Distributor: Film Movement
Rating/Recommended Audience: 17+
For Fans Of: Human Capital, Pilgrim Hill, Silver Linings Playbook
John is a protagonist that I have mixed to positive feelings about him. Jack Reynor does a great job playing that character which I had no qualms with. He had the right amount of stoicism, but also the right amount of concern necessary especially in the scene where he shows Jean the footage of her drunken outburst in the house. However, I find his sense of responsibility to be ambivalent. Sure, he’s trying to make a living and he does try to get his mom to go to rehab, but the one scene that raised red flags was his suggestion to have a party with his mom. I’m not going to go into all the details of that scene and the aftermath, but the usage of wine was definitely involved even though John got rid of all the alcohol and the last thing anyone would do would be to give an alcoholic an excuse to drink. His concern came across as confused to me.
Jane does have a standout role. When she freaks out in drunken rage, I got really uncomfortable and she looked like she was seconds away from killing her own son when she was in that state. Toni Collette was excellent in playing this character. The scene after the party where she talks about how she felt about her ex-husband, Jack, and her son who has down’s syndrome was just heartbreaking in how she mentioned all those feelings in such a calm fashion. The amount of brokenness and even a vile uncaring nature really came out during that scene. Another character who was interesting to watch was John’s friend (or should I say, mate) Shane. I had to do a double-take when I saw him and realized that he was played by a grown-up Will Poulter who I know from Narnia: Voyage of the Dawn Treader as Eustace Scrubb. It was surreal given that he was in a clean movie back then, and all of a sudden he’s dropping F-bombs left and right and acting rude to a video rental clerk. He was funny and did distract from the dark nature, but even Shane had his own issues about not seeing his kid. Luckily, his character arc does go somewhere and he’s able to find peace for the most part.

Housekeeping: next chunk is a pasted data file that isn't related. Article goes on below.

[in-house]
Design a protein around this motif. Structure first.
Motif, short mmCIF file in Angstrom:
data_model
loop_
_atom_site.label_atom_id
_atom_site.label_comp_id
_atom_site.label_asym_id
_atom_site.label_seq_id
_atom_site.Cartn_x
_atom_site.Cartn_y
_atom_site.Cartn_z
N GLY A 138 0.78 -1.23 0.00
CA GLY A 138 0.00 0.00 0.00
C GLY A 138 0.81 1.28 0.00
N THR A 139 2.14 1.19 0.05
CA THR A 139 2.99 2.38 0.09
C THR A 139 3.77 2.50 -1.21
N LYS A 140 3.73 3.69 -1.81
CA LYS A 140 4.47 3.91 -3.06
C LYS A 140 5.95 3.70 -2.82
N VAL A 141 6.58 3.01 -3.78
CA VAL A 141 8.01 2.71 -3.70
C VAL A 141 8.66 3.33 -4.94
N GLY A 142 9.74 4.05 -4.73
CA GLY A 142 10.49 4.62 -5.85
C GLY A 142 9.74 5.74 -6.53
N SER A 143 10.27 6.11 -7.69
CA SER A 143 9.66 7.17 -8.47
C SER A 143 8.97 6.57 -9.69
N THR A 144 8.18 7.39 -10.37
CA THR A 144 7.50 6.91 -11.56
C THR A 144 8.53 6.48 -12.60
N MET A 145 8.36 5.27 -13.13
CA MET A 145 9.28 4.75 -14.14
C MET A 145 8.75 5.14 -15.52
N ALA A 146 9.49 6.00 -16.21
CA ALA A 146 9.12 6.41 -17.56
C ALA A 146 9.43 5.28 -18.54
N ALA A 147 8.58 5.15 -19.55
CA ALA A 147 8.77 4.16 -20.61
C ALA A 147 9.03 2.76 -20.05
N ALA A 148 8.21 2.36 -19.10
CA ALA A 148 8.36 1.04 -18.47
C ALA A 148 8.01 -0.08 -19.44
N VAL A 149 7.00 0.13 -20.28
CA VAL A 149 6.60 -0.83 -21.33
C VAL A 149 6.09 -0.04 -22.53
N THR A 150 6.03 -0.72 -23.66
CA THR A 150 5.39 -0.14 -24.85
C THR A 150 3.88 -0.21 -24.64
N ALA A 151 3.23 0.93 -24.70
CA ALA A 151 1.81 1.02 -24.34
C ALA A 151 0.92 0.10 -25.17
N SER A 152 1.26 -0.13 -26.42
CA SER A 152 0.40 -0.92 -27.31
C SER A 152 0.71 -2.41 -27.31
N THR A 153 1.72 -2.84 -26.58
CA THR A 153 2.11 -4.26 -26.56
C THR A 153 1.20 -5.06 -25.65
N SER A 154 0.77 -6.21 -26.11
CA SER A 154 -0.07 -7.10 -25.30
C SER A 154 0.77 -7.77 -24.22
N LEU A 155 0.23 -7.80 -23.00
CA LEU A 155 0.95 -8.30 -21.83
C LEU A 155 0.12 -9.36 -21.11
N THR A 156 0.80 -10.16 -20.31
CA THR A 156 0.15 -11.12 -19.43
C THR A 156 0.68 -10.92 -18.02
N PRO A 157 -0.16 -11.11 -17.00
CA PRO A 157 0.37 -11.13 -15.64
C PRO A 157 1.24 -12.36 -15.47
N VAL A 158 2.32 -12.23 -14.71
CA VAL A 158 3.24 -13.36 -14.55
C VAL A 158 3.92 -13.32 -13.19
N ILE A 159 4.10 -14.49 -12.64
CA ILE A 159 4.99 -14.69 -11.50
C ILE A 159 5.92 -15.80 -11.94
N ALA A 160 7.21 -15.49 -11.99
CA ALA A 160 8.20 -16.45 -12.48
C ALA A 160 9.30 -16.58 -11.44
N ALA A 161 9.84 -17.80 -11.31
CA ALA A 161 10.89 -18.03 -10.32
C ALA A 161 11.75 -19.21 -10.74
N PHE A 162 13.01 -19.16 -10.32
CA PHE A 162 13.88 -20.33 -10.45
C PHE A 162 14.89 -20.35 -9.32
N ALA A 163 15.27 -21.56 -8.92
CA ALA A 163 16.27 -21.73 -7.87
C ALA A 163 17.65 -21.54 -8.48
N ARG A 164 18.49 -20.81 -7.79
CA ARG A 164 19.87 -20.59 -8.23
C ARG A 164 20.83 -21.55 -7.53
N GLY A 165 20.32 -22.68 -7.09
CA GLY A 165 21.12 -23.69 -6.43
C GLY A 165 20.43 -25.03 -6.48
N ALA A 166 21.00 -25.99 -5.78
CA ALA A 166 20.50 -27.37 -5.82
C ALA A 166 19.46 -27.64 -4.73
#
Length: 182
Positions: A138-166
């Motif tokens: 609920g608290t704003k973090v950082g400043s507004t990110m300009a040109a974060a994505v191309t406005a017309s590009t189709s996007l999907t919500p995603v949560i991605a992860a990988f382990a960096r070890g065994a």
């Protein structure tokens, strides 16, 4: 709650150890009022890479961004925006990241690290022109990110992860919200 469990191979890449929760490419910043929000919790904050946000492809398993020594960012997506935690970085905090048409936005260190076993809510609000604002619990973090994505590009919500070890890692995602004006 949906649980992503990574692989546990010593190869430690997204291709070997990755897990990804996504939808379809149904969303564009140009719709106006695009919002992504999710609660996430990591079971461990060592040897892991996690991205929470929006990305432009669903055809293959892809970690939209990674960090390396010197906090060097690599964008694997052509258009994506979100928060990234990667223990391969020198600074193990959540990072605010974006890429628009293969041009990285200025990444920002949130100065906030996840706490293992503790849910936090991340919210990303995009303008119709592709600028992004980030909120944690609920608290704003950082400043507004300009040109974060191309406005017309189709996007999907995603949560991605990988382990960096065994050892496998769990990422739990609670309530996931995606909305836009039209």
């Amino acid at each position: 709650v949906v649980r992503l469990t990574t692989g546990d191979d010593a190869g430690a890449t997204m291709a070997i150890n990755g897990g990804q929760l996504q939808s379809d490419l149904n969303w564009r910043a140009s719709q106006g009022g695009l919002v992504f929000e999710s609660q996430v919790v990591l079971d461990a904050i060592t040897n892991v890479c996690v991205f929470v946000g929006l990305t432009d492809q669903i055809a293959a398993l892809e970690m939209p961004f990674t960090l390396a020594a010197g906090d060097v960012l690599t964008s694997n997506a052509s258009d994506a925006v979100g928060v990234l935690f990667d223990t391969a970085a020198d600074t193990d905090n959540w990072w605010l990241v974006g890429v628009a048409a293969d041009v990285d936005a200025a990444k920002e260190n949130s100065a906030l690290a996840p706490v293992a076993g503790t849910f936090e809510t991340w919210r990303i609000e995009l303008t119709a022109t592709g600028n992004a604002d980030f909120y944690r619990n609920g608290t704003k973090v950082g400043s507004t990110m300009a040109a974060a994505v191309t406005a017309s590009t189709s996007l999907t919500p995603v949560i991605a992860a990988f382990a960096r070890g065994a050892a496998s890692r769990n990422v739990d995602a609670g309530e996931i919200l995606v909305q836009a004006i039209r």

The plotting could have been better though. I thought the rehab story arc which leads to John’s desperation for money came way too late only to have a rushed ending where they try to resolve everything at once. That should have happened in the middle of the movie and it would have worked better if they expanded on that as John tries to save enough money to pay for his mother’s care. Also, the Asian prostitute was a plot device more than an actual character. You see him driving her around in his taxi and obviously see her in the finale of the movie given what she went through, but more should have been done besides adding conflict to the last few minutes of the movie.
Glassland was alright. It had some legitimate potential as a film, but pacing issues and some protagonist-centered morality did hamper this drama a lot. I consider it to be slightly above average, but there are worse things to watch.
Subtract 1-2 points if alcoholism-related plots make you uncomfortable.
-Good cinematography with its gritty feel
-Showing John’s cash-strapped life without telling.
Content Warning: This is definitely a mature movie for older teens and up. There’s Jane’s alcoholism which is just scary to watch. There’s a human trafficking subplot near the end that will make viewers uncomfortable. The biggest content issue would be the language. Expect lots of strong language involved with several characters.
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